By Chris Ward

Dependency Management with the Swift Package Manager

By Chris Ward

Swift’s journey into a fully fledged cross-platform language continues as it’s contributors focus on the version 3 release. Any language that wants a long-term existence needs a way of adding functionality that doesn’t require the core developers to add every request. This is typically in the form of package or dependency management, and the Swift Package Manager (SPM) will be one of the many features added to Swift 3.

But something not being officially released has never stopped inquisitive developers experimenting in the past. In this article I will introduce the SPM, show you how to install it and existing packages, and how to create your own.

Note: You should be able to follow the steps I will present on an OS X or Linux platform.

Living on the Edge with the Swift Package Manager

The SPM is not part of the current official Swift release and you will need to install trunk development snapshots of V3 to use it. This is not too difficult and you can find instructions here.

As installing this snapshot could break your setup for production app development, I recommend you install swiftenv, which lets you switch between installed versions of Swift and is super useful for experimenting with Swift versions. Once you have installed swiftenv and you have a trunk development release active, check you have the package manager by running:

swift build --version

You will hopefully see something like Apple Swift Package Manager 0.1.

If you want to use XCode instead then it will manage different Swift versions for you. Open XCode -> Preferences and set the Toolchains under the Components section.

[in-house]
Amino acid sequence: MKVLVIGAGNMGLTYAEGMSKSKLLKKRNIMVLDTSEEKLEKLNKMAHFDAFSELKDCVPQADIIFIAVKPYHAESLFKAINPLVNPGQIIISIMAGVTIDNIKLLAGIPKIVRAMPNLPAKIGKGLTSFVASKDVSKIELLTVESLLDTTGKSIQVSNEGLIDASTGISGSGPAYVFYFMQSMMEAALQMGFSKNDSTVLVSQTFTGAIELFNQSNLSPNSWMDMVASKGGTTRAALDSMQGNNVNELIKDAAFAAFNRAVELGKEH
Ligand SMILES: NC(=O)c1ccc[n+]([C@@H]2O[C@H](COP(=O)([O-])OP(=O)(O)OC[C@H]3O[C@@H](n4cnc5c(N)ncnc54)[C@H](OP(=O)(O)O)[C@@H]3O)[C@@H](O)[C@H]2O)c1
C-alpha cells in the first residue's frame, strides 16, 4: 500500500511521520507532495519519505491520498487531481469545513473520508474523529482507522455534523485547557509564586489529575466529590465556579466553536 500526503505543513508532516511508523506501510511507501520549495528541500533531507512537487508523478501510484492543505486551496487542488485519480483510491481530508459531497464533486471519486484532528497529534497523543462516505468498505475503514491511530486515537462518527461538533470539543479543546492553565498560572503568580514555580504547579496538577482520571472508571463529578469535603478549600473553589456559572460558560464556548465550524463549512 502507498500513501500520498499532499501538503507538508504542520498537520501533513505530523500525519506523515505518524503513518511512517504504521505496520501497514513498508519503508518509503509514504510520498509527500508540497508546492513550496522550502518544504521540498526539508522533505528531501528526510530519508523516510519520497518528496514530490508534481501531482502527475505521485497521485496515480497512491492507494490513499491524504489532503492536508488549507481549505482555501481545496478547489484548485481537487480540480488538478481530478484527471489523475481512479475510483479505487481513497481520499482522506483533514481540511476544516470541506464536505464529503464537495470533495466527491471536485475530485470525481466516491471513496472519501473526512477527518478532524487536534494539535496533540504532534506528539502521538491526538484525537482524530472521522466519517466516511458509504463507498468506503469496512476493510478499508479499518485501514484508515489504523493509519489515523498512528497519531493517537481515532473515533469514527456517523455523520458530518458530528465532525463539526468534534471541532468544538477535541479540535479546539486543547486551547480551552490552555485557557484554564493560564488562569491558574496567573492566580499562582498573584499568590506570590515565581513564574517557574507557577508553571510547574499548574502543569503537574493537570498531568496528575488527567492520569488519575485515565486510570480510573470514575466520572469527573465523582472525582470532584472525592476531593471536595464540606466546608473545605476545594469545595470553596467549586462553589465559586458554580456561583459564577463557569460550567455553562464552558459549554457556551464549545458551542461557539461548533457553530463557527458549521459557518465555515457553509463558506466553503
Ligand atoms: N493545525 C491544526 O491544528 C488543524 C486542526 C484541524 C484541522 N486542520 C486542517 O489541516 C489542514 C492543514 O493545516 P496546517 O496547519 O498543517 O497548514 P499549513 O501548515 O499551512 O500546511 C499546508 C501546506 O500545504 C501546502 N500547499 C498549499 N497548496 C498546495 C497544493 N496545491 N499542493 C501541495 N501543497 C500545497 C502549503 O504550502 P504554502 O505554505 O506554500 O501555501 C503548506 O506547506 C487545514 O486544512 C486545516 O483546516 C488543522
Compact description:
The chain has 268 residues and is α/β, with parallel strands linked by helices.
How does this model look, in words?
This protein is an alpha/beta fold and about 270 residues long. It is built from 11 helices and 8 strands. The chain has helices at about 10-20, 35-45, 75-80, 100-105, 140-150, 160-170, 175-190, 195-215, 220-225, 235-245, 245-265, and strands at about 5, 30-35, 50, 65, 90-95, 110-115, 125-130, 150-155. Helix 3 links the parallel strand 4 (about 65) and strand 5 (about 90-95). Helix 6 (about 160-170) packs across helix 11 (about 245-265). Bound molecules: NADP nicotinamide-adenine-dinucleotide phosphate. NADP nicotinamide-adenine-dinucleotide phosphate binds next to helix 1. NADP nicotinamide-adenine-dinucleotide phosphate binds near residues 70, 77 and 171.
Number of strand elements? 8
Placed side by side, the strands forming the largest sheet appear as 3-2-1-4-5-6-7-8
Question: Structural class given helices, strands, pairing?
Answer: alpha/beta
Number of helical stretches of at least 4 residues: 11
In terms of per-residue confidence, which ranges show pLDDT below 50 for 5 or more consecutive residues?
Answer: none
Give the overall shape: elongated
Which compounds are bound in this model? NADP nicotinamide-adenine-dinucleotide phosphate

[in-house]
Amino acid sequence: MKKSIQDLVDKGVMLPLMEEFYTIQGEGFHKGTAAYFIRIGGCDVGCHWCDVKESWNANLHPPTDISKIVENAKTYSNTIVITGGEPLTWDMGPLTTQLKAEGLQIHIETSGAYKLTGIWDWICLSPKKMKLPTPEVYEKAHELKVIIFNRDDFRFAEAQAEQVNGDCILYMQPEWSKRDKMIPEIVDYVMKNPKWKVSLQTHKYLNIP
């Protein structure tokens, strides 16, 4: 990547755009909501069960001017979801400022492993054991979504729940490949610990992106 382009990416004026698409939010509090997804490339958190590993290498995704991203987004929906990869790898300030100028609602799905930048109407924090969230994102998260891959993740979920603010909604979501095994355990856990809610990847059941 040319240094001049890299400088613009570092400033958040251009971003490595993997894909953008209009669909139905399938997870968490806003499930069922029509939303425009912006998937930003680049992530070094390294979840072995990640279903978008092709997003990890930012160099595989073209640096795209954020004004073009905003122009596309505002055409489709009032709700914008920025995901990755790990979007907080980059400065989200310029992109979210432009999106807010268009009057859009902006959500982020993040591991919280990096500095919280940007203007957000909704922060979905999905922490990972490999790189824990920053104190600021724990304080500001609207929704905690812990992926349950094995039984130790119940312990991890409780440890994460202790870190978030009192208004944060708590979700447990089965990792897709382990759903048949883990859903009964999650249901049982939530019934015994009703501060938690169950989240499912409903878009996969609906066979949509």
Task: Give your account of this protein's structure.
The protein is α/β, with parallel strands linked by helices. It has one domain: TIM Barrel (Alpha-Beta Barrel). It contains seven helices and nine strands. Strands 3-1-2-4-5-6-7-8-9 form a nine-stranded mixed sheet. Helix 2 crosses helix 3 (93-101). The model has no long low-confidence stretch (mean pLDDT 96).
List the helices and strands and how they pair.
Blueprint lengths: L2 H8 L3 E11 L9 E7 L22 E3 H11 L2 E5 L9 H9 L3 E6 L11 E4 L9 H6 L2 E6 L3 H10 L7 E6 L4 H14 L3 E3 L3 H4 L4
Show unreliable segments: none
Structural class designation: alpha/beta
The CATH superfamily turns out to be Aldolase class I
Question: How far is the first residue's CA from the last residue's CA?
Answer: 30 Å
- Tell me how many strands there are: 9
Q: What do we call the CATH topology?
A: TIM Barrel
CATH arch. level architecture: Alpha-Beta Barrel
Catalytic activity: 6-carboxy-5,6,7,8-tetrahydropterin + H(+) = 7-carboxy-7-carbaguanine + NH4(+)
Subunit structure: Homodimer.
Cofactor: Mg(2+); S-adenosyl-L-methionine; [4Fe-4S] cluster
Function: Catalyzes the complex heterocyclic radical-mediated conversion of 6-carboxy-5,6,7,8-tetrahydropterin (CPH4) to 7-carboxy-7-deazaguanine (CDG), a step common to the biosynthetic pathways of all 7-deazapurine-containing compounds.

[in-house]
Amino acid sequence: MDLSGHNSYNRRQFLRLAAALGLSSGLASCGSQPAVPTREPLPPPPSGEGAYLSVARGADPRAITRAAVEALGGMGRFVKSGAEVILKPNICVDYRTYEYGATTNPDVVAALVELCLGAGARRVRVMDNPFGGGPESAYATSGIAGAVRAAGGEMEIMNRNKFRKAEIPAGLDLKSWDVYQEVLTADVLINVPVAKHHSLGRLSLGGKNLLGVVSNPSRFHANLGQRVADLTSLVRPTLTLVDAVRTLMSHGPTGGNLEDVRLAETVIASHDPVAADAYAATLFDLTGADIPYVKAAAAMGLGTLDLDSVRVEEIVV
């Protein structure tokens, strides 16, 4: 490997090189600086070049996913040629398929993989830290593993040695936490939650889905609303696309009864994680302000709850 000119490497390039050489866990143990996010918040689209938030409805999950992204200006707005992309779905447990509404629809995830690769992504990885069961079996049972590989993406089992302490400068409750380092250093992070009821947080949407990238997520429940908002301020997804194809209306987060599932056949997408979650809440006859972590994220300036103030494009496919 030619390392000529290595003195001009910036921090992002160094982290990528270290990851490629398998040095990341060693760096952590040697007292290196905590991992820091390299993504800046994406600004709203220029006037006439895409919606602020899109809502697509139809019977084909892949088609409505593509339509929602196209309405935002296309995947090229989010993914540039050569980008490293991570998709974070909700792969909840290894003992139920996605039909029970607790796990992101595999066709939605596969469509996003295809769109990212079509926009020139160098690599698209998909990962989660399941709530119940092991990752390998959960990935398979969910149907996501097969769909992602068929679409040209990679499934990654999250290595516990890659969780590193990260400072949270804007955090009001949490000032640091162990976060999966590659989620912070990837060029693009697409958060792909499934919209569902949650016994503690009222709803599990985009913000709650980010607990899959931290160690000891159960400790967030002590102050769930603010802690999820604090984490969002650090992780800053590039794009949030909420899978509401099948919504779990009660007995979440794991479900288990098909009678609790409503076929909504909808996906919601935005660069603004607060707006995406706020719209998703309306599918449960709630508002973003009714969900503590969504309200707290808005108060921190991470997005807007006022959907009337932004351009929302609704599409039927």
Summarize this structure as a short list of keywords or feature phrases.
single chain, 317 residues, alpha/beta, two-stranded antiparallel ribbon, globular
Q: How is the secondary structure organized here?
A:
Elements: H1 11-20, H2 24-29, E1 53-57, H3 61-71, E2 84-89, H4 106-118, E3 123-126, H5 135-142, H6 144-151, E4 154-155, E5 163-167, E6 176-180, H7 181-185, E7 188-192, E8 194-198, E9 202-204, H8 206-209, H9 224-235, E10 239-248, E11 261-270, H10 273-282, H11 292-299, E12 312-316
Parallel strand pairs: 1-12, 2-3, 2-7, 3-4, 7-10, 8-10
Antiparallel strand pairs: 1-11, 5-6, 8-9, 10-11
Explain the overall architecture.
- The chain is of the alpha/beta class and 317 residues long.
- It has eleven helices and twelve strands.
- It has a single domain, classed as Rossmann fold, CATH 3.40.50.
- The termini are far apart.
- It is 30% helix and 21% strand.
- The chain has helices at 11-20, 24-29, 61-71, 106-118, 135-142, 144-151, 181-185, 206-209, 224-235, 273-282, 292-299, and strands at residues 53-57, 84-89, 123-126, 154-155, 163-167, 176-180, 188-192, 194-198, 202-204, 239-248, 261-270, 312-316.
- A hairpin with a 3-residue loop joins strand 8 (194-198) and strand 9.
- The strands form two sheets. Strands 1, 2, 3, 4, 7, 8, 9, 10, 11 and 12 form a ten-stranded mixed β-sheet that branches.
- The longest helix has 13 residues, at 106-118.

Change Toolchains

Note: Swift is undergoing rapid development and things change all the time, breaking projects. For this tutorial I used the February 8th snapshot for greater compatibility. Now you can see why I mentioned how to switch versions and you will do it a lot until version 3.

Using Existing Packages

Many existing Swift packages are available, but currently no central listings service like NPM exists, so finding them can be hard. One option is The IBM Swift Package Catalog, but it contains a mixture of CocoaPods, Carthage and Swift packages. I expect there will be an ‘official’ list sometime in the future.

To add an existing package as a dependency to a project, create a file named Package.swift and add the following:

import PackageDescription

let package = Package(
    name: "SitePointSPM",
    dependencies: []

This is the basic structure of a package file where you set a name, which is a package itself and an empty array. To add a dependency, change dependencies[] to:

dependencies: [
  .Package(url: "", majorVersion: 0, minor: 4),

This downloads a dependency from a url (generally github) with a specified version using semantic versioning.

Create a Sources folder and in it, create Main.swift. Add the following code:

import Curassow
import Inquiline

serve { request in
  return Response(.Ok, contentType: "text/plain", body: "Hello World")

This code uses the Curassow and Inquiline packages to configure and start a basic http server.

Execute swift build --configuration release to run this simple app. Notice that when you build for the first time the Swift build process will download the dependencies declared in your package file, plus the dependencies that it declared.

Creating Your Own Package

You construct a Swift package in the same way as a ‘normal’ application. But a package generally consists of and includes source files located in a Sources directory. The sample application provided by Apple is a great example to learn the potential.

In this example, the PlayingCard package defines a PlayingCard. Then the DeckofPlayingCards package imports the PlayingCard package and uses it’s methods and objects to create a randomly shuffled Deck of PlayingCards.

Here Be Helpful Dragons

Following this introduction you likely hit problems installing and using the Swift package manager. This shows it’s certainly not ready for production applications. But, it’s simple to use and create packages for and whether you decide to wait for a stable Swift 3, or jump right in and update your code every time something breaks, the Swift package manager is another puzzle piece in making Swift a true full stack language in the next 12 months.

What are your thoughts?

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